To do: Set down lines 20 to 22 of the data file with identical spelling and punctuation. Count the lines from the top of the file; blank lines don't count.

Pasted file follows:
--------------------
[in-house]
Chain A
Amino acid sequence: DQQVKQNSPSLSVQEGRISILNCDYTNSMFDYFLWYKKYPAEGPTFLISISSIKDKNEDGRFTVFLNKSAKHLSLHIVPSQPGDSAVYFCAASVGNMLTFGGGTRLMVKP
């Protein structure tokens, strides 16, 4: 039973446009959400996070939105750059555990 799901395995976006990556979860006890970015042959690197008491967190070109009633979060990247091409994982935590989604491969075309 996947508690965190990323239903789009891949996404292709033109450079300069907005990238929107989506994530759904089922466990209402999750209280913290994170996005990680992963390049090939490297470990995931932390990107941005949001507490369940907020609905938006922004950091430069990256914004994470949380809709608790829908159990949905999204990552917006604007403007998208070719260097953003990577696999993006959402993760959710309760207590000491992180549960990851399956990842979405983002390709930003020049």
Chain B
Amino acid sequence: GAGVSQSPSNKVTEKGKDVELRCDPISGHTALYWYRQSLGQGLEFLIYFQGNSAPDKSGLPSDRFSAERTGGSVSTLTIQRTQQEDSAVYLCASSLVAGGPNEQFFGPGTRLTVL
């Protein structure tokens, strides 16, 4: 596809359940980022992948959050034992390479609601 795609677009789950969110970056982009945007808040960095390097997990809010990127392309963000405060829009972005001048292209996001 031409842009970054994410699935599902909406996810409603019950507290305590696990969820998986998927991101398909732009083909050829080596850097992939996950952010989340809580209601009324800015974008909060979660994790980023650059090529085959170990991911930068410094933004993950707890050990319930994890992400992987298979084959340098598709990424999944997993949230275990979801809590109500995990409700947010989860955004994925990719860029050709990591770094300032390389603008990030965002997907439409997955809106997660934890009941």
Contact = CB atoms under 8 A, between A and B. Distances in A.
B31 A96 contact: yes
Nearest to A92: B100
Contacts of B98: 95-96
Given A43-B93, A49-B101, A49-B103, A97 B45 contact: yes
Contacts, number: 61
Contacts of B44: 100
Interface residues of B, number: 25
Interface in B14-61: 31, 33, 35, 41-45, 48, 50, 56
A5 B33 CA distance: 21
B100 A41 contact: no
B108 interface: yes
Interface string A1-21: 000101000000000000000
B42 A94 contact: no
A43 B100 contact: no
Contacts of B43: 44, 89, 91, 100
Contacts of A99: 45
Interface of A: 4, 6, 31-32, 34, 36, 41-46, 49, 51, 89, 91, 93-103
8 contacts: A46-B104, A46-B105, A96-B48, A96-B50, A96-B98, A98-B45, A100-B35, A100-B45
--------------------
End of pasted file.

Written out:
Interface string A1-21: 000101000000000000000
B42 A94 contact: no
A43 B100 contact: no